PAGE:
When Everett Area High School senior Skyler Layton was awarded first place in the 2012 Student Health Care Hero Award contest, she was one of the last to know.
"Dr. [Dena] Mobus told my mom before she told me," Skyler said.
Skyler took top honors in the 11th annual Health Careers Week contest for her volunteer work at Pennknoll Village and UPMC Bedford Memorial Hospital.
Skyler Layton checks a prescription filled by John Mobus, owner of Lower’s Pharmacy in Everett.
"She was happy I won; she was proud of me," Skyler said of her mom.
The Health Care Careers Week is an annual contest where students from area schools are nominated for special recognition for their contributions to the health care field.
This year's theme was "Become a Health Care Hero," said James Coley, a workforce development specialist at the Southern Alleghenies Workforce Investment Board.
The Layton file
Name: Skyler Layton
School: senior, Everett Area High School; Bedford County Technical Center
Activities: Everett volleyball team; president of Everett's National Honor Society; treasurer of the Everett chapter of the Health Occupation Students of America
Honors: First place 2012 Student Health Care Hero Award from the Southern Alleghenies Workforce Investment Board
Career goal: Pharmacy technician
The board sponsors the contest and encourages students to pursue careers in the health care field, he said.
"I think it's well deserved," Coley said of Skyler's recognition. The award recognizes her achievements and contributions to the health care field and also reflects her goal to one day return to the area and pursue a career after school, he said.
"This is a great example of directing a youth to an up-and-coming field where there's employment opportunities," Coley said. "Hopefully we can draw her back into to the region and use her talents."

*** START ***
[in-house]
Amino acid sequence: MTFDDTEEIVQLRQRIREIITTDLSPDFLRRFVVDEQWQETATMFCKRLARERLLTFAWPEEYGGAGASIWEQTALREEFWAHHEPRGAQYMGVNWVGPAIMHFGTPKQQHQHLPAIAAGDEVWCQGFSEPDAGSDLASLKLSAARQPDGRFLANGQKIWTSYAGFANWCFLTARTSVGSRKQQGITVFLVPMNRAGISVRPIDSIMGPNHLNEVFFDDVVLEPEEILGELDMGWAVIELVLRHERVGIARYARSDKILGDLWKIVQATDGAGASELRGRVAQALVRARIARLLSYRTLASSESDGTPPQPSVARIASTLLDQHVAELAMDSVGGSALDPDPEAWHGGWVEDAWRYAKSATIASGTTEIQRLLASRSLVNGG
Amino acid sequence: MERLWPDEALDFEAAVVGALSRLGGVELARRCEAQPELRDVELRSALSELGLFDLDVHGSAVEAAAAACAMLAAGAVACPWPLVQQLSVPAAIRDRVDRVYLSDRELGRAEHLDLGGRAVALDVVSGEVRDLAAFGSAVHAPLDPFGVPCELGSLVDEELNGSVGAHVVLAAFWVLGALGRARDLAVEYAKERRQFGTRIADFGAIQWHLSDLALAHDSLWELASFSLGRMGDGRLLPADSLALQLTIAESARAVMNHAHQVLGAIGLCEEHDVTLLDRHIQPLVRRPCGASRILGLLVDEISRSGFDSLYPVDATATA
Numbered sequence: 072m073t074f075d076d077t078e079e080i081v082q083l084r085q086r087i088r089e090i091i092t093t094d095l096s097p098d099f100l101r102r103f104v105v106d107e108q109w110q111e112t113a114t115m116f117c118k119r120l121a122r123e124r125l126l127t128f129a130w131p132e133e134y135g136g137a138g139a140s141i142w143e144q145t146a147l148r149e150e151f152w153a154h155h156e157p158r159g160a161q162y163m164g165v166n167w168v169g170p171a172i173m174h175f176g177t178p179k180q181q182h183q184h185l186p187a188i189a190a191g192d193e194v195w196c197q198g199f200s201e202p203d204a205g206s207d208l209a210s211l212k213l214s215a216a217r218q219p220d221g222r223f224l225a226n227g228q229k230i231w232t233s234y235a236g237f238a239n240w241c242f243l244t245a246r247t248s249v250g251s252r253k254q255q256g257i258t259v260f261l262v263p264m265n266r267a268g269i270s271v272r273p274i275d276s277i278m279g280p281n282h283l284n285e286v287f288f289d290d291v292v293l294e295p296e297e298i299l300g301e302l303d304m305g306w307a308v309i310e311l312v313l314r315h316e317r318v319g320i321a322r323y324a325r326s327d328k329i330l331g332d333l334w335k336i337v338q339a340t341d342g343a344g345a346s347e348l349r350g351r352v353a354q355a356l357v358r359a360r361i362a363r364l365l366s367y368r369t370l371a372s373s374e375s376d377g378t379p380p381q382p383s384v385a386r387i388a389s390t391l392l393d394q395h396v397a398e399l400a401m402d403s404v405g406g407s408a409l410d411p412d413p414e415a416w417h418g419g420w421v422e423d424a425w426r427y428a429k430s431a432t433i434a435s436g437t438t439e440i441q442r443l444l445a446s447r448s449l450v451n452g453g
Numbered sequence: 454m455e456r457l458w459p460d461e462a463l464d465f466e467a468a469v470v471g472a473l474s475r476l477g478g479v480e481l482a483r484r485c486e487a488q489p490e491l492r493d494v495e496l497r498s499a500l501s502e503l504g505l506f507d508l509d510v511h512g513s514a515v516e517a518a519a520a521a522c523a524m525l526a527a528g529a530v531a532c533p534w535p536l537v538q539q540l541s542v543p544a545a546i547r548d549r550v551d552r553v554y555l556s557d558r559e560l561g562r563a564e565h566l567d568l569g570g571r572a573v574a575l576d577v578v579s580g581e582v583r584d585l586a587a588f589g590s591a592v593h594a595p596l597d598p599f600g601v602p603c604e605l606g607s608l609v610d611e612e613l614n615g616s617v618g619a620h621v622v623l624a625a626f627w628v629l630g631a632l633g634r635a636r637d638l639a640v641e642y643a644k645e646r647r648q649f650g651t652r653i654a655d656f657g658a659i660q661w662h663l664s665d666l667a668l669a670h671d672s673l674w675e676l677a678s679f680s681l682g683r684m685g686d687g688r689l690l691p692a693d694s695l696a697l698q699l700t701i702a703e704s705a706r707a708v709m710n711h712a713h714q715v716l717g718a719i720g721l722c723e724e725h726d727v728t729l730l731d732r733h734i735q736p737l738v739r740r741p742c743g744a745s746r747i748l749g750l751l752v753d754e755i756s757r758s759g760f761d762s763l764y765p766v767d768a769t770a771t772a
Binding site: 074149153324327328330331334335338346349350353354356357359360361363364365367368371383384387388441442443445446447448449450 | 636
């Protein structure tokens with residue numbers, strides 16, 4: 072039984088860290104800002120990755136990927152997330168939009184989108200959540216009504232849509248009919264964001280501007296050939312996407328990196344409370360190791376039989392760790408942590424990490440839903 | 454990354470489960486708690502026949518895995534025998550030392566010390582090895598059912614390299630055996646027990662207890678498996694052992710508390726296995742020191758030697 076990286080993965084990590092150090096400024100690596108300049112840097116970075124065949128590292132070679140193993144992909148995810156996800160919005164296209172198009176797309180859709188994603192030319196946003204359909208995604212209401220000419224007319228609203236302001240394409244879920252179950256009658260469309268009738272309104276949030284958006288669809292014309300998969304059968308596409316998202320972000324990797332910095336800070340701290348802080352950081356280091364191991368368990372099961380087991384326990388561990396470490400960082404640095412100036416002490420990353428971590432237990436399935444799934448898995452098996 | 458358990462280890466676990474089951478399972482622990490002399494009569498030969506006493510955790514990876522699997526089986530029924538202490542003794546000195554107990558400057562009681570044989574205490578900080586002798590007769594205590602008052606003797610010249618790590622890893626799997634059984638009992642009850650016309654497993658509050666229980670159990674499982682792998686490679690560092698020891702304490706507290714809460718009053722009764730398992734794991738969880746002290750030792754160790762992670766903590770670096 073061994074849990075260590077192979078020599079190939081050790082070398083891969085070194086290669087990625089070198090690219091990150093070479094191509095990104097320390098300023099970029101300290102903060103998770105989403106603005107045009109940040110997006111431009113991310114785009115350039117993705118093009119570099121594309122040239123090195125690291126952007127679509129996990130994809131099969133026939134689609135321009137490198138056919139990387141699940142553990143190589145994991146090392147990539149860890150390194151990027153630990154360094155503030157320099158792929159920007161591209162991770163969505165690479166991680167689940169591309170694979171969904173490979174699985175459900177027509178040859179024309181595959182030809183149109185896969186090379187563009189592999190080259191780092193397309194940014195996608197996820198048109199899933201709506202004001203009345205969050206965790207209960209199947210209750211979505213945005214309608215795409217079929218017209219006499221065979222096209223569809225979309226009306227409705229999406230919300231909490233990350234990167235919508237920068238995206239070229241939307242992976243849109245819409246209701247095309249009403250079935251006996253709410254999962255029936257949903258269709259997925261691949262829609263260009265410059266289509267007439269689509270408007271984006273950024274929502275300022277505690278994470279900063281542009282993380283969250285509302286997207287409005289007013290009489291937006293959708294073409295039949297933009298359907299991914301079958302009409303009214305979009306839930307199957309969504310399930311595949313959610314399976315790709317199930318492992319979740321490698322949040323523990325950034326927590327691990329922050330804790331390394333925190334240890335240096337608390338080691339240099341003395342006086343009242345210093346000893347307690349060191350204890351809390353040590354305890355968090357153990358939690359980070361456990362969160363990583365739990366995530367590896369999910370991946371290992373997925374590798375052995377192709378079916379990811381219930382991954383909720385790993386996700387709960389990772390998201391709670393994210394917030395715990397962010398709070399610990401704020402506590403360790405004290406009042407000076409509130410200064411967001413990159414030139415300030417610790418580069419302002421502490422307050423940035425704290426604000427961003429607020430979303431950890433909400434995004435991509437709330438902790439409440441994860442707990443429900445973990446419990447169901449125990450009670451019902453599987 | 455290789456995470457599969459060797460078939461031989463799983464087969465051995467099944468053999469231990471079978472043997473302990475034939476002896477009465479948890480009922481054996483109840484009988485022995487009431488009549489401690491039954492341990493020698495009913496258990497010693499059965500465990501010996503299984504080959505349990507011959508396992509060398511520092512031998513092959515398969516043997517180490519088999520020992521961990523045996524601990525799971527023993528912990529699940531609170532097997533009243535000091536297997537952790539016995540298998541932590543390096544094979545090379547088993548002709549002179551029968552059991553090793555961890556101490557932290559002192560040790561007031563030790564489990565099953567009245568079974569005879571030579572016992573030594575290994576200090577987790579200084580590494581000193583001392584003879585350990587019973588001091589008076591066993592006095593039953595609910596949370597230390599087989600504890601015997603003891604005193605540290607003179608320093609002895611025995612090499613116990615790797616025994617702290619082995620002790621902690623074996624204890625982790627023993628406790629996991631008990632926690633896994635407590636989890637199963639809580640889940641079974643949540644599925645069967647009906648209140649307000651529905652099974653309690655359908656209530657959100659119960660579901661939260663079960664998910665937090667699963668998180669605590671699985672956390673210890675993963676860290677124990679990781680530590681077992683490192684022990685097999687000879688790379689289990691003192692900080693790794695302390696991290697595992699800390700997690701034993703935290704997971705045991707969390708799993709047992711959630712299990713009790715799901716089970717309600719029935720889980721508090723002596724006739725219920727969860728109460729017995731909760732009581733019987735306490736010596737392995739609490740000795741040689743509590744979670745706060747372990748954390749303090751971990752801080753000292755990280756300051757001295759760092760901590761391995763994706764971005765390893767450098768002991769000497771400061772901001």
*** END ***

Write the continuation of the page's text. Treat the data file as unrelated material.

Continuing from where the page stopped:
Skyler will be honored at the SAWIB meeting on Thursday. In addition to a plaque with her name on it, she will receive $100, Coley said.
For now, Skyler said she's more focused on getting into her dream school - Shenandoah University - than bask in the glory of her award.
After enrolling at Bedford County Technical Center, Skyler said she first considered a career in nursing. But after joining the senior challenge program and speaking with a friend who pursued a career as a pharmacy technician, Skyler said she found her calling.
"Yeah, this is what I think I want to do," she recalled saying. "I knew I wanted to be in the health field somehow so I could help people, I just wasn't sure where."
Skyler spent 45 hours volunteering at the hospital and Pennknoll Village.
The work consisted of various tasks, including prepping rooms for patients, delivering meals and spending time with patients.
"A lot of the people there just needed someone to talk to and interact with," she said.
Skyler said she also volunteers at Lower's Pharmacy in Everett, where she learned how prescriptions are filled and how to interact with customers.
And at the technical school, Skyler and her classmates use standard medical equipment to take X-rays and EKG readings - invaluable experience for students interested in the health care industry, she said.
"Whenever we get the chance to do hands-on things, I really like it," Skyler said.
As president of the school's chapter of the National Honor Society and treasurer of the Health Occupation Students of America, Skyler said she is kept busy with extracurricular activities and classes.
But the senior still manages to find time to play on the school's volleyball team as a defensive specialist, volleyball coach Susan Connor said.
"She's just a very disciplined lady," Connor said. "She is a great peer model because of her hard work and dedication."
At a recent championship game, the Everett team lost, but Skyler played one of her strongest games with important saves during the match, Connor said.
"I told her after the last game, you're a very special lady, and she is," Connor said. "That's why it's so nice to see her receive these awards and recognition."
Skyler insists she was surprised when she took first place in the health care contest.
Skyler said she is focused on the upcoming HOSA blood drive on Nov. 19 at the technical school - and the chance to work closely with American Red Cross officials.
When she's not volunteering, Skyler likely can be found studying for the SATs to ensure she can pursue her dream of studying to be pharmacy technician.
"I'm not really nervous," about leaving home for college, she said. "As soon as I went down and visited [Shenandoah University], I thought, 'This is where I want to go, this is where I need to go.'"
Mirror Staff Writer Zach Geiger is at 946-7535.